Having Never visited Egypt before I was unsure what to expect from Sandbox Festival, which is put on by Ciro based promoters Nacelle.
Sandbox has been running for 5 years in El Gouna, a town / resort built in the desert by the Red Sea in 1989. Taking the shuttle bus from the hotel into the desert we arrived at the festival site camped on the beach side. The main stage was built into a sand bank, with led panels flanking the DJ booth and lasers pummelling the sky. Tucked a short distance behind was a smaller second stage with a dimly lit DJ booth and a tighter dance floor with banks either side. Sound quality on each was perfectly delivered with no cross over from either stage. All of which set the scene for what was a festival that far exceeded expectation and dispelled any misconceptions about what the Egyptian electronic music scene had to offer.
Night one saw Âme performing live, followed by Ruede Hagelstein deep tech house with Butch closing out the main stage and taking the tempo upwards followed by the crowds excitement levels. The crowd age ranged seemingly stretched with both young and more seasoned partiers, but all were familiar with the tunes and at times it felt very much like a European festival with about 5000 in attendances, this was until we questioned whether this was the edge of the Sahara Desert (it was) or some other Desert and the incredible settings took us back to Egypt.
The second night we headed for the second stage with an assortment of both Egyptian and International artists fitting the bill. Jen Ferrer impressed, along with Egyptian DJ, as well as the head of the only all female DJ collective in Egypt Zeina. Canadian DJ Dane played an eclectic house set before The Mole took to the Stage jacking things up a few notches and making the crowd jump. Closing out the stage was Mike Servito who delivered a perfect set, playing an array of different styles of house and taking the crowd on a trip and they were loving every minute. As he played his last tune there were cries for one more and after a pause he delivered, sending people into the darkness cheering his name as they made there way to see Heidi close the main stage with a typical Jack-a-thon set. Asking the Egyptians what they made of it all it was clear that this was a closely linked crew of party goers, largely from Ciro, who all seemed to have some familiarity with each other from previous events which made for an incredibly friendly atmosphere.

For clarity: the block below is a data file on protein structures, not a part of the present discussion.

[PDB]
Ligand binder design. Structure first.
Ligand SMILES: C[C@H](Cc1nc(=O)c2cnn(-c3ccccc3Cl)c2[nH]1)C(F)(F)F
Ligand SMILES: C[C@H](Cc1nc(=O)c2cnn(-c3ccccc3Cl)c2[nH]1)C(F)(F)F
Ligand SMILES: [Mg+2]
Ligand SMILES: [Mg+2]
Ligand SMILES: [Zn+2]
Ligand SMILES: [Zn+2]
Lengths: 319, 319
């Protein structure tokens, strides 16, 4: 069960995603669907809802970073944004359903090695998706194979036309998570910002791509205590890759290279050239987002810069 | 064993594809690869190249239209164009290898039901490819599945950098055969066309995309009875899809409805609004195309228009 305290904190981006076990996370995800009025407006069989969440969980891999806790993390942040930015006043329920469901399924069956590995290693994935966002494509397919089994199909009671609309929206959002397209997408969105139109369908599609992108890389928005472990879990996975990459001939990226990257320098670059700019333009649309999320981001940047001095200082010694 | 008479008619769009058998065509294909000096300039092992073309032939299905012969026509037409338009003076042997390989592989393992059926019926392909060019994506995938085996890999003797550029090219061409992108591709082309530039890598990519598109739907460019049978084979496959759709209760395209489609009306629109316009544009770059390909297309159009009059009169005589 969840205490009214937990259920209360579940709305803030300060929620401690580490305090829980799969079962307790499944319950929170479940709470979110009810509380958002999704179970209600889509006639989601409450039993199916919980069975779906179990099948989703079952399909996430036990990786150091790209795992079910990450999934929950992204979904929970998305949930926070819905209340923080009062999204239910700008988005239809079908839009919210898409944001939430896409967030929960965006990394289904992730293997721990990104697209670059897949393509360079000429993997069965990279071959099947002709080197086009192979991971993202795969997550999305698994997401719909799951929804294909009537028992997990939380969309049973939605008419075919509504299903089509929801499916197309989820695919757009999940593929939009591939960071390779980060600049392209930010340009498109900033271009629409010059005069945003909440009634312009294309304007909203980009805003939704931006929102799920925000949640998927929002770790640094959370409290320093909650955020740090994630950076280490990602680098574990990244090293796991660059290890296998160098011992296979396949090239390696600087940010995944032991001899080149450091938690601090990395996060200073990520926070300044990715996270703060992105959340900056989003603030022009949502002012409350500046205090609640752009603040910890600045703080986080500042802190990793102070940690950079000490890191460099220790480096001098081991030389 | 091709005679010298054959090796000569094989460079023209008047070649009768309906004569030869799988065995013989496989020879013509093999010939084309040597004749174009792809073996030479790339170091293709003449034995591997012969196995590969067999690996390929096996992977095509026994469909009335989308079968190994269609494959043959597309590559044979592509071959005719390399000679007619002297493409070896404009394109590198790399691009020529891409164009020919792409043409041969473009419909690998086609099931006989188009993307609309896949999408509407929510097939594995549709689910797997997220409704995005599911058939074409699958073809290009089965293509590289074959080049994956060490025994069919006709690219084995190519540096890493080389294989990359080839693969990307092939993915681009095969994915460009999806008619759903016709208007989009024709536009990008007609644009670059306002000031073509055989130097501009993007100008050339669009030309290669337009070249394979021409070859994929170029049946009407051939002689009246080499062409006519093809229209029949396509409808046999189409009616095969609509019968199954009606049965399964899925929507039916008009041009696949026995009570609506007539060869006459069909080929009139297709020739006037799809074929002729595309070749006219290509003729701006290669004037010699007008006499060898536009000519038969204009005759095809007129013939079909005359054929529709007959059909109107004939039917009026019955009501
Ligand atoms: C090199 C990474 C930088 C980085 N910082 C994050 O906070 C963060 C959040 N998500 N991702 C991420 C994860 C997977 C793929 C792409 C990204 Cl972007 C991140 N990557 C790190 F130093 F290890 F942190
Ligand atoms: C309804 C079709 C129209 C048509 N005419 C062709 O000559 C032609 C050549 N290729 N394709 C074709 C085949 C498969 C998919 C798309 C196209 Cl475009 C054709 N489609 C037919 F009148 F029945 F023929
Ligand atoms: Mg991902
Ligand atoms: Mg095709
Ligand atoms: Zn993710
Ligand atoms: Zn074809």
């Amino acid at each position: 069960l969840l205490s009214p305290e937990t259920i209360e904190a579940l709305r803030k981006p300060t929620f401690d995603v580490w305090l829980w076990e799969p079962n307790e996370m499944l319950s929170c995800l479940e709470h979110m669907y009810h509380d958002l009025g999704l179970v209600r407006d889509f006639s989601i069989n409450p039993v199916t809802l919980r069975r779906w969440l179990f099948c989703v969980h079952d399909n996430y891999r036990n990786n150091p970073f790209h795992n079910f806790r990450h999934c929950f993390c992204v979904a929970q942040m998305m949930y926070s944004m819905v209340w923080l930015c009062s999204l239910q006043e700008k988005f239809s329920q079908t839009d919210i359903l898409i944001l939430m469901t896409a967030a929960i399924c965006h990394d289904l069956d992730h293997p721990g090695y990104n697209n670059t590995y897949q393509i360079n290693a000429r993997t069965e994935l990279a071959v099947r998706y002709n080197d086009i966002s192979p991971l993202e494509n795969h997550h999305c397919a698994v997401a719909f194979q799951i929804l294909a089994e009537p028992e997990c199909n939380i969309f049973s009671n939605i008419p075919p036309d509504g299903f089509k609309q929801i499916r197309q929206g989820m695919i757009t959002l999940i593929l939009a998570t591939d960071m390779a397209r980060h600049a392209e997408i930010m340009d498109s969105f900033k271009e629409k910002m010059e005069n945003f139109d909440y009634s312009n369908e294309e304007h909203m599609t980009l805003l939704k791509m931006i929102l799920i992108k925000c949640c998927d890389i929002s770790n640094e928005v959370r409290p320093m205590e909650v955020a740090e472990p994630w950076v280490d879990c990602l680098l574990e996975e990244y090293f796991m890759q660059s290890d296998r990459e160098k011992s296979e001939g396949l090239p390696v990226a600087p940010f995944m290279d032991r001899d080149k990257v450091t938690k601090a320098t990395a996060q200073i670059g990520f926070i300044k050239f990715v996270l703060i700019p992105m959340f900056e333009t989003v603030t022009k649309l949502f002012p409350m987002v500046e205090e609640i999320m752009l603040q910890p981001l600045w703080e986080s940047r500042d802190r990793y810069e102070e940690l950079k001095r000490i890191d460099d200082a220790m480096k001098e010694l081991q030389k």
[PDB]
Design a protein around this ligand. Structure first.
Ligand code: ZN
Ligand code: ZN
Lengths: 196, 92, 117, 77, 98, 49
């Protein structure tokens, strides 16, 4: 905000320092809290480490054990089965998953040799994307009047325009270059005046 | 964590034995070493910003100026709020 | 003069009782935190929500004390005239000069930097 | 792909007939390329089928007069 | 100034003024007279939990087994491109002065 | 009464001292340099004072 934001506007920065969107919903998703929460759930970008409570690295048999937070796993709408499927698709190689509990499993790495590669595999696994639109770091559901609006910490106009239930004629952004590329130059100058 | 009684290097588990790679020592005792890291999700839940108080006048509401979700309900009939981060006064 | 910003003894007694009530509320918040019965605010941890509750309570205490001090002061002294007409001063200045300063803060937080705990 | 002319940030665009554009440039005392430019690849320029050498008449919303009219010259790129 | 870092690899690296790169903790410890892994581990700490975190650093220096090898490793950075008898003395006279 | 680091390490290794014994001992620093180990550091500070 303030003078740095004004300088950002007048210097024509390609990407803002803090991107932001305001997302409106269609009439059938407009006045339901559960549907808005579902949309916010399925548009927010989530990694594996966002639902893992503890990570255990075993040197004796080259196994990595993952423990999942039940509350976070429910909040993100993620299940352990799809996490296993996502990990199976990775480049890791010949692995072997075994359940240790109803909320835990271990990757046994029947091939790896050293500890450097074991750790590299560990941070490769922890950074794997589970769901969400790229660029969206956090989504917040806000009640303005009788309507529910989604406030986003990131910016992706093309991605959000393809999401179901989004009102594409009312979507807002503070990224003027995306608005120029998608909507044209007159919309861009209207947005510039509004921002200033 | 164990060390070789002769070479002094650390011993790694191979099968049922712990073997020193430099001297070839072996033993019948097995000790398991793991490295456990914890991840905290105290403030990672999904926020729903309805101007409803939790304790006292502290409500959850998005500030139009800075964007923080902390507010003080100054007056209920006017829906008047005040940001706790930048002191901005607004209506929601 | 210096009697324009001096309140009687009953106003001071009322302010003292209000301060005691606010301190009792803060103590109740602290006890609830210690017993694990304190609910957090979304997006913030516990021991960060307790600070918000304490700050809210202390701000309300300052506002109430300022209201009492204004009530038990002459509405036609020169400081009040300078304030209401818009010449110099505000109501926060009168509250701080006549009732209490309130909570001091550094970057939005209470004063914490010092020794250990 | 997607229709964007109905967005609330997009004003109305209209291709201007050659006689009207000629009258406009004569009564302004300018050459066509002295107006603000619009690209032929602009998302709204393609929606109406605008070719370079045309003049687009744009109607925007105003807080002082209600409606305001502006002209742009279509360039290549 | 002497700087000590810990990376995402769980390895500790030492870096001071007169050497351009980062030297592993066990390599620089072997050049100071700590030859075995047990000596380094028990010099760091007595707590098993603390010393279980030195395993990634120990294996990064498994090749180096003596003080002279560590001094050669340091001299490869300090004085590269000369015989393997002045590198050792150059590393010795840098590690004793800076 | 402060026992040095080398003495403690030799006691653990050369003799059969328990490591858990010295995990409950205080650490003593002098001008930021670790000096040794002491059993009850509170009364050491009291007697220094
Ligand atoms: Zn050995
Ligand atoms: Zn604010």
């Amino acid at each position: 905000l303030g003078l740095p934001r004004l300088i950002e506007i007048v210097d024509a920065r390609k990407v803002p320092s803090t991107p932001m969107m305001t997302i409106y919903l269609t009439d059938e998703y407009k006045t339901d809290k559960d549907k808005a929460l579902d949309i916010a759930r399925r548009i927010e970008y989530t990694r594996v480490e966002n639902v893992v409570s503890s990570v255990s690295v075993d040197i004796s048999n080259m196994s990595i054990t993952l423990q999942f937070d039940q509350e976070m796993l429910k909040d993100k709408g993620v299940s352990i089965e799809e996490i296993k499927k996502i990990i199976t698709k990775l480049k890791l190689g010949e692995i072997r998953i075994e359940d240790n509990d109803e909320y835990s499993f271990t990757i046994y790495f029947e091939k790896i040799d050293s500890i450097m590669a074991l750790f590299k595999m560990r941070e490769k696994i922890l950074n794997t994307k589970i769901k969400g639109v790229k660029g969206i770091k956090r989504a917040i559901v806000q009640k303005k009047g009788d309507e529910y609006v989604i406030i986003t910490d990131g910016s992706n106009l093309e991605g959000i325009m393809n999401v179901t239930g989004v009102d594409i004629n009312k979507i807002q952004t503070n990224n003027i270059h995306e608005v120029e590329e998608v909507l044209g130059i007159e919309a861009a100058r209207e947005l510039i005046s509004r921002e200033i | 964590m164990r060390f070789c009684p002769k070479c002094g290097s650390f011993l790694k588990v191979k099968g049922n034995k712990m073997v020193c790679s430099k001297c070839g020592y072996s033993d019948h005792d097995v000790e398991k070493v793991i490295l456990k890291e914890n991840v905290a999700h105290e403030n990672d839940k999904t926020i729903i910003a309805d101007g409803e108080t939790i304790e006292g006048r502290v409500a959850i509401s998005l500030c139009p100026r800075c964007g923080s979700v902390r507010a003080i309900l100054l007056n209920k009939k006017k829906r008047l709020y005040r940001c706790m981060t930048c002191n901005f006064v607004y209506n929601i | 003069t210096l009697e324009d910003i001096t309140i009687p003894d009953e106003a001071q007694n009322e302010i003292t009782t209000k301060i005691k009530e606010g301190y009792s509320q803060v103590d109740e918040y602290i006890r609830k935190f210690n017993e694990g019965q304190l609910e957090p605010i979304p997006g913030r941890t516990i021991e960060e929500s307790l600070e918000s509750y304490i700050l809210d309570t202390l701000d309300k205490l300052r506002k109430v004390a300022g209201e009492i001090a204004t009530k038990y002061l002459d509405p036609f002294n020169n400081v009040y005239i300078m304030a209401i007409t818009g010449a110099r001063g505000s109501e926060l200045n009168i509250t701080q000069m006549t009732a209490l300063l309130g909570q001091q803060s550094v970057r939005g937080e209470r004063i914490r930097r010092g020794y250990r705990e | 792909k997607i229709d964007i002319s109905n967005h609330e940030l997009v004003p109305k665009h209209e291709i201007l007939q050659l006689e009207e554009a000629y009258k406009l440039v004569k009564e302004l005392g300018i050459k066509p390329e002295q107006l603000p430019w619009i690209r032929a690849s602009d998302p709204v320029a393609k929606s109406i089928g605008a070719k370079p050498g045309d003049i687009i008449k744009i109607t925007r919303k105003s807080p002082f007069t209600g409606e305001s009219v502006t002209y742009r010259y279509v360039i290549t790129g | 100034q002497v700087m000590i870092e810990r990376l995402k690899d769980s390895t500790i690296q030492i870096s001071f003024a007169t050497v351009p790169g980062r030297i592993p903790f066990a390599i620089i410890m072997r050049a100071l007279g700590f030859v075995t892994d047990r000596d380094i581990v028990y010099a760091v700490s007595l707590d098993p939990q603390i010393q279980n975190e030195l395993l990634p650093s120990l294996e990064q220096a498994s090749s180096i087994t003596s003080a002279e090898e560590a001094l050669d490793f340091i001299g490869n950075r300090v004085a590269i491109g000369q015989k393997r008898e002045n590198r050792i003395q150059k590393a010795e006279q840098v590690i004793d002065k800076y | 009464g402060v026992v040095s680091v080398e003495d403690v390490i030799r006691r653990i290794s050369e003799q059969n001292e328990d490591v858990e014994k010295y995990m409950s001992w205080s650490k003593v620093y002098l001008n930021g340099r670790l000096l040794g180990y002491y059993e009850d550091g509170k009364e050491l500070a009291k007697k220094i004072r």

On the final evening of the festival it had been stripped back to just the main stage, bleary eyed ravers congregated on mass for one last blow out. Satori & Band performed live and the music was very much in keeping with the deep, mournful tech rollers from day one but pitched to an even more emotive level. Following on Mira & Chris Schwarzwalder took the sound even deeper before NU took over and closed out the festival leaving the audience craving more.
Overall Sandbox far outstripped what we expected to find deep in the Egyptian desert. With an educated crowd and line up rivalling the best of what Europe’s smaller festivals have to offer, this is definitely worth considering when making your festival plans for 2018!